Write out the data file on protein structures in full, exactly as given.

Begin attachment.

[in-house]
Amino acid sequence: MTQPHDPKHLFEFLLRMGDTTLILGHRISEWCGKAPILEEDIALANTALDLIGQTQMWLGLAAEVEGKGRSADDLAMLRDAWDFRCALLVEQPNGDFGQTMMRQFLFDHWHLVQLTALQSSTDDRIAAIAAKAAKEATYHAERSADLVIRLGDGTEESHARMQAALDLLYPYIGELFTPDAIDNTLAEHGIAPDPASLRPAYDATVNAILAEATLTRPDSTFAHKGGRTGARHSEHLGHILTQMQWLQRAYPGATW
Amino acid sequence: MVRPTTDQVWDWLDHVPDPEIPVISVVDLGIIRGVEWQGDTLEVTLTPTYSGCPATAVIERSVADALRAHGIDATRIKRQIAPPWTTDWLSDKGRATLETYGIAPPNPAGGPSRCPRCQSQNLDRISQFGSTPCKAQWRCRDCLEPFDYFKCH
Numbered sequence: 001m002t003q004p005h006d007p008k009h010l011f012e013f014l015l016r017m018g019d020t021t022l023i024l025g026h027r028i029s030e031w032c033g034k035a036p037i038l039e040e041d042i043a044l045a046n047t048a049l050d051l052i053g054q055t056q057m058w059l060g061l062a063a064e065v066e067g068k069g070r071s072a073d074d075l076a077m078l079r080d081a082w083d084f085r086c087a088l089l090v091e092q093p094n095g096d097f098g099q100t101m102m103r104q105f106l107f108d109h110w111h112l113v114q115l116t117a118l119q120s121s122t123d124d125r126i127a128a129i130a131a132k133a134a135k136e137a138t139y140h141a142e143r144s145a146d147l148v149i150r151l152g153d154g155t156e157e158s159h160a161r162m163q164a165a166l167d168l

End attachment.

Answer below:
[in-house]
Amino acid sequence: MTQPHDPKHLFEFLLRMGDTTLILGHRISEWCGKAPILEEDIALANTALDLIGQTQMWLGLAAEVEGKGRSADDLAMLRDAWDFRCALLVEQPNGDFGQTMMRQFLFDHWHLVQLTALQSSTDDRIAAIAAKAAKEATYHAERSADLVIRLGDGTEESHARMQAALDLLYPYIGELFTPDAIDNTLAEHGIAPDPASLRPAYDATVNAILAEATLTRPDSTFAHKGGRTGARHSEHLGHILTQMQWLQRAYPGATW
Amino acid sequence: MVRPTTDQVWDWLDHVPDPEIPVISVVDLGIIRGVEWQGDTLEVTLTPTYSGCPATAVIERSVADALRAHGIDATRIKRQIAPPWTTDWLSDKGRATLETYGIAPPNPAGGPSRCPRCQSQNLDRISQFGSTPCKAQWRCRDCLEPFDYFKCH
Numbered sequence: 001m002t003q004p005h006d007p008k009h010l011f012e013f014l015l016r017m018g019d020t021t022l023i024l025g026h027r028i029s030e031w032c033g034k035a036p037i038l039e040e041d042i043a044l045a046n047t048a049l050d051l052i053g054q055t056q057m058w059l060g061l062a063a064e065v066e067g068k069g070r071s072a073d074d075l076a077m078l079r080d081a082w083d084f085r086c087a088l089l090v091e092q093p094n095g096d097f098g099q100t101m102m103r104q105f106l107f108d109h110w111h112l113v114q115l116t117a118l119q120s121s122t123d124d125r126i127a128a129i130a131a132k133a134a135k136e137a138t139y140h141a142e143r144s145a146d147l148v149i150r151l152g153d154g155t156e157e158s159h160a161r162m163q164a165a166l167d168l